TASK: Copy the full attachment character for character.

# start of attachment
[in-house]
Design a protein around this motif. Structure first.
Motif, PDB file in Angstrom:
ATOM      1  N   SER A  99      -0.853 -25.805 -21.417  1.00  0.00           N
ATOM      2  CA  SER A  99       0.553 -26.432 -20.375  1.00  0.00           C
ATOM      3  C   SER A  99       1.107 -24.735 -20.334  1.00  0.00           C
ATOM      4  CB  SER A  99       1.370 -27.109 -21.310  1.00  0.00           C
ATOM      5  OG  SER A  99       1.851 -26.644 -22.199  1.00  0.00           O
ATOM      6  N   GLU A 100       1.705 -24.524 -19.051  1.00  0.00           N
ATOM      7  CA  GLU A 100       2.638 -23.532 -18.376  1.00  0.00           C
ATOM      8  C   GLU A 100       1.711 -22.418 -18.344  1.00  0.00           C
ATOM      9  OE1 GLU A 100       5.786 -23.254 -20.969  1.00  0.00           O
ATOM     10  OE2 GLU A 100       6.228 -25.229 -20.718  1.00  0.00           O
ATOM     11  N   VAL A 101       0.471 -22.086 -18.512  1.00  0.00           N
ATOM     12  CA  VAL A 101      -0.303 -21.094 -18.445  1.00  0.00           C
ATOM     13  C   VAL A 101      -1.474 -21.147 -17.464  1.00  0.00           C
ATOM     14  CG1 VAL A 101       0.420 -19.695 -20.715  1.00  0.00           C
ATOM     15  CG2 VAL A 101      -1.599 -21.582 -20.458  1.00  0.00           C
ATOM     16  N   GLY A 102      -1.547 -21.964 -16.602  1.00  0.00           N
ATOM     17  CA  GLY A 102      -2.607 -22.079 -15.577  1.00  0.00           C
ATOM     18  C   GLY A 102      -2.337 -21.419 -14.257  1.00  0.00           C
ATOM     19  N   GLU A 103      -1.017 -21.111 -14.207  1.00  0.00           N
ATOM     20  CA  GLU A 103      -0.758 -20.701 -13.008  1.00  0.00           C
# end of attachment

[in-house]
Design a protein around this motif. Structure first.
Motif, PDB file in Angstrom:
ATOM      1  N   SER A  99      -0.853 -25.805 -21.417  1.00  0.00           N
ATOM      2  CA  SER A  99       0.553 -26.432 -20.375  1.00  0.00           C
ATOM      3  C   SER A  99       1.107 -24.735 -20.334  1.00  0.00           C
ATOM      4  CB  SER A  99       1.370 -27.109 -21.310  1.00  0.00           C
ATOM      5  OG  SER A  99       1.851 -26.644 -22.199  1.00  0.00           O
ATOM      6  N   GLU A 100       1.705 -24.524 -19.051  1.00  0.00           N
ATOM      7  CA  GLU A 100       2.638 -23.532 -18.376  1.00  0.00           C
ATOM      8  C   GLU A 100       1.711 -22.418 -18.344  1.00  0.00           C
ATOM      9  OE1 GLU A 100       5.786 -23.254 -20.969  1.00  0.00           O
ATOM     10  OE2 GLU A 100       6.228 -25.229 -20.718  1.00  0.00           O
ATOM     11  N   VAL A 101       0.471 -22.086 -18.512  1.00  0.00           N
ATOM     12  CA  VAL A 101      -0.303 -21.094 -18.445  1.00  0.00           C
ATOM     13  C   VAL A 101      -1.474 -21.147 -17.464  1.00  0.00           C
ATOM     14  CG1 VAL A 101       0.420 -19.695 -20.715  1.00  0.00           C
ATOM     15  CG2 VAL A 101      -1.599 -21.582 -20.458  1.00  0.00           C
ATOM     16  N   GLY A 102      -1.547 -21.964 -16.602  1.00  0.00           N
ATOM     17  CA  GLY A 102      -2.607 -22.079 -15.577  1.00  0.00           C
ATOM     18  C   GLY A 102      -2.337 -21.419 -14.257  1.00  0.00           C
ATOM     19  N   GLU A 103      -1.017 -21.111 -14.207  1.00  0.00           N
ATOM     20  CA  GLU A 103      -0.758 -20.701 -13.008  1.00  0.00           C